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  • WeAreVSocial 12:25 pm on April 26, 2012 Permalink | Reply
    Tags: Blog, , , , , , , , , , , , , , , , , ,   

    Social Media – Predictions for the rest of 2012 Part 3 (of 4) 

    Part 3of 4

    Over the last few months we’ve been keeping an eye on what’s happening in the ever-changing world of social media, its biggest sites and mind exploding statistics.  In our last blog post we mentioned some of the emerging trends within the industry and some of the main sites that have witnessed the most dramatic changes since the start of the year.

    In this blog post we will examine the emergence and booming popularity of Pinterest detailing its unprecedented rise for contention to claim world domination in social networking space.

    Image

    Pinterest Takes Off

    For anyone that hasn’t heard of Pinterest yet, it’s a pinboard-styled social photo sharing website allowing users to create and manage theme-based image collections. The site’s mission statement is to:

    “connect everyone in the world through the ‘things’ they find interesting.”

    …..Quite a nice mission statement, but where did this social network come from?

    The development of Pinterest began in December 2009, and the site launched as a closed beta in March 2010. The site proceeded to operate in invitation-only open beta.

    Founder Ben Silbermann said he personally wrote to the site’s first 5,000 users offering his personal phone number and even met with some of its users. Silbermann wanted to get under the skin of Pinterests early adopters, gathering as much intelligence possible on the overall ‘user experience,’ taking into account any suggestions and recommendations to improve it.

    Nine months after launch the website had 10,000 users. Silbermann and a few programmers that operated the site out of a small apartment until the summer of 2011, then it started to get big.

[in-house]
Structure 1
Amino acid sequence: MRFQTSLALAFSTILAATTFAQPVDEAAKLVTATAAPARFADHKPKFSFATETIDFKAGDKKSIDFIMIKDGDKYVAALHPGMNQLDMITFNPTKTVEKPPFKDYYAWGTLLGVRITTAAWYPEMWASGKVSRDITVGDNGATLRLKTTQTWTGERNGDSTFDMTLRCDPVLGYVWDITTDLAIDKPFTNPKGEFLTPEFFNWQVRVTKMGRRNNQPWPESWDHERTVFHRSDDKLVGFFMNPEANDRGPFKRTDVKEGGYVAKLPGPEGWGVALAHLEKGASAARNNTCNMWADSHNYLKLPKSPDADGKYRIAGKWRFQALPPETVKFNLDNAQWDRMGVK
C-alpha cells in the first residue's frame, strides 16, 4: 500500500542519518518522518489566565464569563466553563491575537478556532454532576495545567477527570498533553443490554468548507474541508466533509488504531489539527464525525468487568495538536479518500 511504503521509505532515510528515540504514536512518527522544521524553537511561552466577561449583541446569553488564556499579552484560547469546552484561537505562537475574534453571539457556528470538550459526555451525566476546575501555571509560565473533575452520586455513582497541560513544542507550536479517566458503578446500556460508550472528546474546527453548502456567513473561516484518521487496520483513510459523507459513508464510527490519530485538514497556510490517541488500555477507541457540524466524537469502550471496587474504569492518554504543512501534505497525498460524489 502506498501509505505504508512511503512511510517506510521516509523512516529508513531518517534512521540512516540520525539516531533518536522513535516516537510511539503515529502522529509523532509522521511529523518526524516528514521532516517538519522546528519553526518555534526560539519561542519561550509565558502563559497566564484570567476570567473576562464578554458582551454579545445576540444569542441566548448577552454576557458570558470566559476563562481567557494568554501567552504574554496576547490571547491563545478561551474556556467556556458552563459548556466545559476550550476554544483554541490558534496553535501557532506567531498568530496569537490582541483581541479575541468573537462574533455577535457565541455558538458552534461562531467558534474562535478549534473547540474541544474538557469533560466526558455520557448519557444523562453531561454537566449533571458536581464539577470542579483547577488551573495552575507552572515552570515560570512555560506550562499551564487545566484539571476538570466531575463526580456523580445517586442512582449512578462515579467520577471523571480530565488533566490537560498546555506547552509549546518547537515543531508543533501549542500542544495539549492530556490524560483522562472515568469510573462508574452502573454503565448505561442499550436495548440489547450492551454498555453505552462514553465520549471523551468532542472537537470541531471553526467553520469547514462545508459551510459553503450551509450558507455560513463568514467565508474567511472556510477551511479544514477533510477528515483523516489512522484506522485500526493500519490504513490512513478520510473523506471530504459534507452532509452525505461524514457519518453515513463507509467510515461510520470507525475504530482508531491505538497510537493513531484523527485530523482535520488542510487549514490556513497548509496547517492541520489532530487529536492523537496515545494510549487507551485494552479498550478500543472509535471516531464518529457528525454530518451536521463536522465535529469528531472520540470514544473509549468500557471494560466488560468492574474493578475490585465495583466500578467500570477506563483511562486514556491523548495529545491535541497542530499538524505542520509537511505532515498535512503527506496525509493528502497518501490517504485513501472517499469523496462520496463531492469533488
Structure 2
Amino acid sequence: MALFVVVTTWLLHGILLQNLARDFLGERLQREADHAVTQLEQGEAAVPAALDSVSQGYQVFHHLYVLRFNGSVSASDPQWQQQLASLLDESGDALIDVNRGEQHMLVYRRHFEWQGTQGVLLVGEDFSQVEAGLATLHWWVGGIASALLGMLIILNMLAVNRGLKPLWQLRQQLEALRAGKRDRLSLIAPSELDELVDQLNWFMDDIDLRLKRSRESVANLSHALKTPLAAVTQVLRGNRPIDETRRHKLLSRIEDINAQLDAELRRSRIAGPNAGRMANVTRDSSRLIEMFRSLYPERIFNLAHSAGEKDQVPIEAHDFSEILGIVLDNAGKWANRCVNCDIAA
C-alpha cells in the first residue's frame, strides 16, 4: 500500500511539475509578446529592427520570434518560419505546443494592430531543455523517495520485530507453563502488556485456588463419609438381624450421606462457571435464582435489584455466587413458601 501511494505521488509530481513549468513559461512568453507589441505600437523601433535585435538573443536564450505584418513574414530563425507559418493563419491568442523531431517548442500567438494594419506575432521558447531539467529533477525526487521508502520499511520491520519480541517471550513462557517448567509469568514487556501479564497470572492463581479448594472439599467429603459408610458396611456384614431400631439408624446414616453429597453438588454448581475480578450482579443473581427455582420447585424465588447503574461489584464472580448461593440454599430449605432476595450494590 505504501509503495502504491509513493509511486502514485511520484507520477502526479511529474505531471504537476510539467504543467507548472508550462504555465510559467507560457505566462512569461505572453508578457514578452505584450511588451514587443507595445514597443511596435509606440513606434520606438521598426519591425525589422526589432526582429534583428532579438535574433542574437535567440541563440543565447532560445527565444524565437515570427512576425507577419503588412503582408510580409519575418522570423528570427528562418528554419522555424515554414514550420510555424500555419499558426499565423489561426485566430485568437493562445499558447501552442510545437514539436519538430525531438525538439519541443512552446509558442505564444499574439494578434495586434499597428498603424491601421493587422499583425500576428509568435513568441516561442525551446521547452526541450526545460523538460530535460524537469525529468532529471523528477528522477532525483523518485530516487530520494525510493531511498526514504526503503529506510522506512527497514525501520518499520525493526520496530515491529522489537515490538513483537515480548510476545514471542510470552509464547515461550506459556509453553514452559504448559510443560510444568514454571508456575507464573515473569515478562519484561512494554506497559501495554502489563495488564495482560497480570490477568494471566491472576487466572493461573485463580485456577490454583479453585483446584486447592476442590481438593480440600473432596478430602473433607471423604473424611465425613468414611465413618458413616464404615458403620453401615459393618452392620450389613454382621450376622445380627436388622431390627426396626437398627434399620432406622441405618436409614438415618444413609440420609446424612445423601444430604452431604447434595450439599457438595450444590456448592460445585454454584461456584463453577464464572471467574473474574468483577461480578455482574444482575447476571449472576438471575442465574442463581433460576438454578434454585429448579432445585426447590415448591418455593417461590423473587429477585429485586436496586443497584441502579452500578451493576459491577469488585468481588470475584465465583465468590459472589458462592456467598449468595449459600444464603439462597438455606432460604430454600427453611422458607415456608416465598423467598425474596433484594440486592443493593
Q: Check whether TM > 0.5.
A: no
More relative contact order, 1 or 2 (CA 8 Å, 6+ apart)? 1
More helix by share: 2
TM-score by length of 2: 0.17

Pinterest is currently ranked the 3rd most-popular social network in the U.S., behind Facebook and Twitter, according to Experian Hitwise.  A new report from the researcher shows Pinterest got 21.5 million visits during the week ending Jan. 28, a nearly 30-fold increase over a comparable week in July.  These numbers are astronomical for any website and social network, so who’s logging on and using the site?

    Not surprisingly, the site skews female with a 60/40 ration of women to men visitors, mainly because a large number retail and fashion brands have embraced the site, using it as a place to showcase their collections and products.  In contrast Google+ has a 60/40 split of men, the vast majority being single, quite frankly we can’t explain this!

    From examining user visits, Experian rep Matt Tatham says Pinterest beat its next-closest competitor, LinkedIn, in total visits in February. Tatham says the rankings by total visits for March are as follows:

    Facebook: 7 billion

    Twitter: 182 million

    Pinterest: 104 million

    LinkedIn: 86 million

    Tagged: 72 million

    Google+: 61 million

    The report, which tracks visits rather than unique visitors, is based on web traffic and doesn’t factor in visits from mobile sites therefore  its validity may hold some discrepancies.  Over 50% of Facebook users now log in through a mobile device and the same type of users could be using Pinterest.

    Why has Pinterest become so popular?

    Beyond the data is seems like the Internet culture is obsessed with pinning.  But why is this the case and why this social network?

    They say a picture paints a thousand words and it’s from using this simplicity that Pinterest has been successful.  The design of the site makes it simple to navigate and users can scroll down through content with minimal effort and distraction.  The images take up the majority of space and comments and re-pins are kept neatly under each image with any action buttons remaining hidden until they’re scrolled over, very nice!

    Digital hoarding may have a lot to do with it. On Pinterest, we have free license to create an entire board dedicated to “golf-clubs” for example. If we like it we can pin it. Similar to Facebook, Pinterest relies on users to generate content.  The more content that is updated the more users will visit the site. Users can come together in communities to share images and insights based on what they like, symbolising a basic form of ‘social unity.’